Meg shared power within the group, but ultimately the buck stopped with her. She was results-driven and not willing to share power to the extent it would compromise her grade. She did not ease her burden of leadership by challenging the process, enabling others to act, or encouraging the heart. By the end of the semester there was considerable tension within the team as Meg was frustrated with Tina and Dick’s overall contribution to the effort. She did not seek to motivate them using the 10 commitments to leadership, but rather relied on task assignment to accomplish the goal. Meg’s theme was let’s get it done.
Recommendations for Practice and Future Research
When teaching with teams, the instructor must pay particular attention to the team process. The events that occur outside the classroom environment strongly influence the performance of student teams. In examining formal leadership within student project teams, two considerations for future research surface: 1) Are assigned leaders needed in graduate-level classroom project teams?; and, 2) If formal leadership is desired, what are best practices in determining which student should assume the leadership role? Related to leadership within classroom projects, Ellis, Bell, Ployhart, Hooenbeck, and Illgen (2005) found that teams benefited most from knowledge held by the team member with the most significant position related to workflow. In this case, the assigned leader was responsible for workflow and communication between the instructor and student- led team. Practitioners are cautioned to not assign leaders in student-led teams lightly and to consider using shared leadership in teams composed of equally strong students.
Research clearly identifies appropriate leadership practices that can be utilized in team situations and in this case those practices were not practiced wholly buy the assigned student leaders. Only one of the three teams reported engaging in encouraging the heart behaviors, which in turn contributed to a positive team
environment. Furthermore, the leader that appeared to most strongly exhibit the five leadership practices described by Kouzes and Posner (2002) created a strong clan culture. These findings were similar to a study conducted by Pennington (2003) examining the relationship between leadership practices and team culture in classroom teams in which there was a positive correlational relationship between the five leadership practices and the clan culture. Although we can determine what culture is most likely to emerge in student teams we need to know if students should be steered toward a different culture in order to enhance team performance and learning. Furthermore, there is evidence that learning and leadership are linked (Brown & Posner, 2001). Practitioners may enhance classroom learning by seeking to improve student use of established leadership practices.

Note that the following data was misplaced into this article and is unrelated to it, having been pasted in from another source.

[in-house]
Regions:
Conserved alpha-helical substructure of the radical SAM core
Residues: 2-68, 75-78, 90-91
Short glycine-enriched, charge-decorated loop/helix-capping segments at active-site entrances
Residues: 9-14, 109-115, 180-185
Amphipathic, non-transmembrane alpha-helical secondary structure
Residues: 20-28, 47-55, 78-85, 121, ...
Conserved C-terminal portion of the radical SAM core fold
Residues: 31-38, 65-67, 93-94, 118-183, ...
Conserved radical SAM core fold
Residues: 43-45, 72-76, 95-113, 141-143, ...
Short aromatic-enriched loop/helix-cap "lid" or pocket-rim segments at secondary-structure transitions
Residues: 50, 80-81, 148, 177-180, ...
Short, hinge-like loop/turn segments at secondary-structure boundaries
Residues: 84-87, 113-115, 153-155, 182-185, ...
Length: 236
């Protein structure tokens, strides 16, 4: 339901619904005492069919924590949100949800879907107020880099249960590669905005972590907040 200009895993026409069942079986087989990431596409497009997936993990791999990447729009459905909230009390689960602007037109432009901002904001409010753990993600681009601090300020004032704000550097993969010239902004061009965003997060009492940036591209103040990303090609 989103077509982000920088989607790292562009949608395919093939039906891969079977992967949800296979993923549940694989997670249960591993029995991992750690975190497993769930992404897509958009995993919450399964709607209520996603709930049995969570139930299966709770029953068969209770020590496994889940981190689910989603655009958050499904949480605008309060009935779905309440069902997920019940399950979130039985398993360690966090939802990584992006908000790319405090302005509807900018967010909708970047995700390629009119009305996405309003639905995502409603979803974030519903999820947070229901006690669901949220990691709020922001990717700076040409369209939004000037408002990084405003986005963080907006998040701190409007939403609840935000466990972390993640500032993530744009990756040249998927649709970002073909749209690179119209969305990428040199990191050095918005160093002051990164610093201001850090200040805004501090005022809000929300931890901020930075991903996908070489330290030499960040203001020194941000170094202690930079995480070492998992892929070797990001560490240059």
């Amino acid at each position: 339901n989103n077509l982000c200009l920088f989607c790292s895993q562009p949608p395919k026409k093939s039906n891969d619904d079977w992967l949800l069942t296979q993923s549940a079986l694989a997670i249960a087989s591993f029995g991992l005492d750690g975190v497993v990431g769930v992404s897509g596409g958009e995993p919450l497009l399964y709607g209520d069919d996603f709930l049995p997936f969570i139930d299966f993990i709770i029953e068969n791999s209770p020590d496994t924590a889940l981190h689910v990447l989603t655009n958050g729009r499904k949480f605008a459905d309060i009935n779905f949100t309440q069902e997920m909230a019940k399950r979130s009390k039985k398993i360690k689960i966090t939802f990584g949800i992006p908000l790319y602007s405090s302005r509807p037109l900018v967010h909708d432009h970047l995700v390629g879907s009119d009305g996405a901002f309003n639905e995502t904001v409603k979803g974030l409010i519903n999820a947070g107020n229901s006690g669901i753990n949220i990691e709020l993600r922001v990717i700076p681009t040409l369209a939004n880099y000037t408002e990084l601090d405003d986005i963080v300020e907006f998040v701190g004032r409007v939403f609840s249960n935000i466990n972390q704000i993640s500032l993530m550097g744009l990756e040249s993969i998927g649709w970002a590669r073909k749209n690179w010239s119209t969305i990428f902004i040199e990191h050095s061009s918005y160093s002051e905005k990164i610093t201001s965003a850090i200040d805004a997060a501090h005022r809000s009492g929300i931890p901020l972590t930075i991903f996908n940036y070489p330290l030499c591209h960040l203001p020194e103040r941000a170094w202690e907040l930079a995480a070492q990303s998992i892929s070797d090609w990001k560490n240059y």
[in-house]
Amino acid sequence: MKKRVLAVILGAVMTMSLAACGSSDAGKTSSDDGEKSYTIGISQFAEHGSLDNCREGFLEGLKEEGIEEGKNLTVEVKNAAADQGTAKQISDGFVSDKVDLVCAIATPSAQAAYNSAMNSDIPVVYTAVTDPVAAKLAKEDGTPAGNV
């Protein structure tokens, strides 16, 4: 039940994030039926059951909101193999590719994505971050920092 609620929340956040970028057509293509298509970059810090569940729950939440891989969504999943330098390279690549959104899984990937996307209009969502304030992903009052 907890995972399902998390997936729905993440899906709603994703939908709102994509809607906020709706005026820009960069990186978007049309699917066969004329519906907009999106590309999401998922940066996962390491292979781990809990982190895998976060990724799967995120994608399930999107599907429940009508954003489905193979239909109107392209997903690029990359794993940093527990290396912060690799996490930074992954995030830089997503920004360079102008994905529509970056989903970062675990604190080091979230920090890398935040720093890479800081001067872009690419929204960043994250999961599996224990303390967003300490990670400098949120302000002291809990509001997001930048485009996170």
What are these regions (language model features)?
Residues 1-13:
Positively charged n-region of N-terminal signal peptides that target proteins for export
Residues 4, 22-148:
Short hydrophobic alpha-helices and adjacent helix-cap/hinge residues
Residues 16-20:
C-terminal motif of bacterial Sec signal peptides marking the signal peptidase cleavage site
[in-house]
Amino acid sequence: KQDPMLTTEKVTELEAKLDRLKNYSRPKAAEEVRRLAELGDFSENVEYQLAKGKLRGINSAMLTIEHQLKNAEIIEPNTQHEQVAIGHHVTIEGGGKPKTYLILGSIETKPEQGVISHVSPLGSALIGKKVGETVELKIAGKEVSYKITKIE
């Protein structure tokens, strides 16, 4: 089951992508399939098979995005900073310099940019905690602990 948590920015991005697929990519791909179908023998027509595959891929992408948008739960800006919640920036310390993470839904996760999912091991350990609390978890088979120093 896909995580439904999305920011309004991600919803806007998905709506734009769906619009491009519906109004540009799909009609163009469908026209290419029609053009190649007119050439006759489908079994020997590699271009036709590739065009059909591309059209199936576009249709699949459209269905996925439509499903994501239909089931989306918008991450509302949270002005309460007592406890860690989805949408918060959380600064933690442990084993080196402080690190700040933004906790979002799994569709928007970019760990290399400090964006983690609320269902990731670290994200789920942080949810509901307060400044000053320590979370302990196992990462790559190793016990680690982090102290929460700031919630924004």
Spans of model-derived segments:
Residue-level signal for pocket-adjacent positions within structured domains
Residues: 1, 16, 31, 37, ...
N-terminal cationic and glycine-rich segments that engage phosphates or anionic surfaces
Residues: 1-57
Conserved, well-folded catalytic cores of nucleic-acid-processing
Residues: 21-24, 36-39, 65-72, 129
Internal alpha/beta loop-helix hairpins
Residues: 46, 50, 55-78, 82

In addition to questions and recommendations concerning assigned leadership, culture, and best leadership practices, one of the student teams was marked by conflict which was found by Porter and Lilly (1996) to hinder performance in project teams. Numerous variables, including conflict, learning, leadership, culture, trust, knowledge, have been studied in relation to teams, a synthesis of the literature specifically related to teams in the context of the collegiate classroom is needed and would benefit not only the scholarly community but classroom practitioners.
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Penny Pennington Weeks is an Associate Professor at Oklahoma State University in the Department of Agricultural Education, Communications, and Leadership. She has led the effort to develop an undergraduate Agricultural Leadership major and a Leadership Education minor at OSU. She currently serves as the Past President of the Association of Leadership Educators and as the Director of the Leadership Education Institute for Faculty in Colleges of Agriculture, a USDA sponsored project. Her research interests include leadership education and training, team leadership, and organizational culture.
Kathleen D. Kelsey, Associate Professor of Agricultural Education, Communications, and Leadership at Oklahoma State University, has been teaching research and evaluation methods since 1999. She has published 41 refereed journal articles and presented 29 referred conference papers since joining the faculty at Oklahoma State University in 1999. Her research interests include developing evaluation models for adult learning programs and understanding teaching and learning in the distance education context.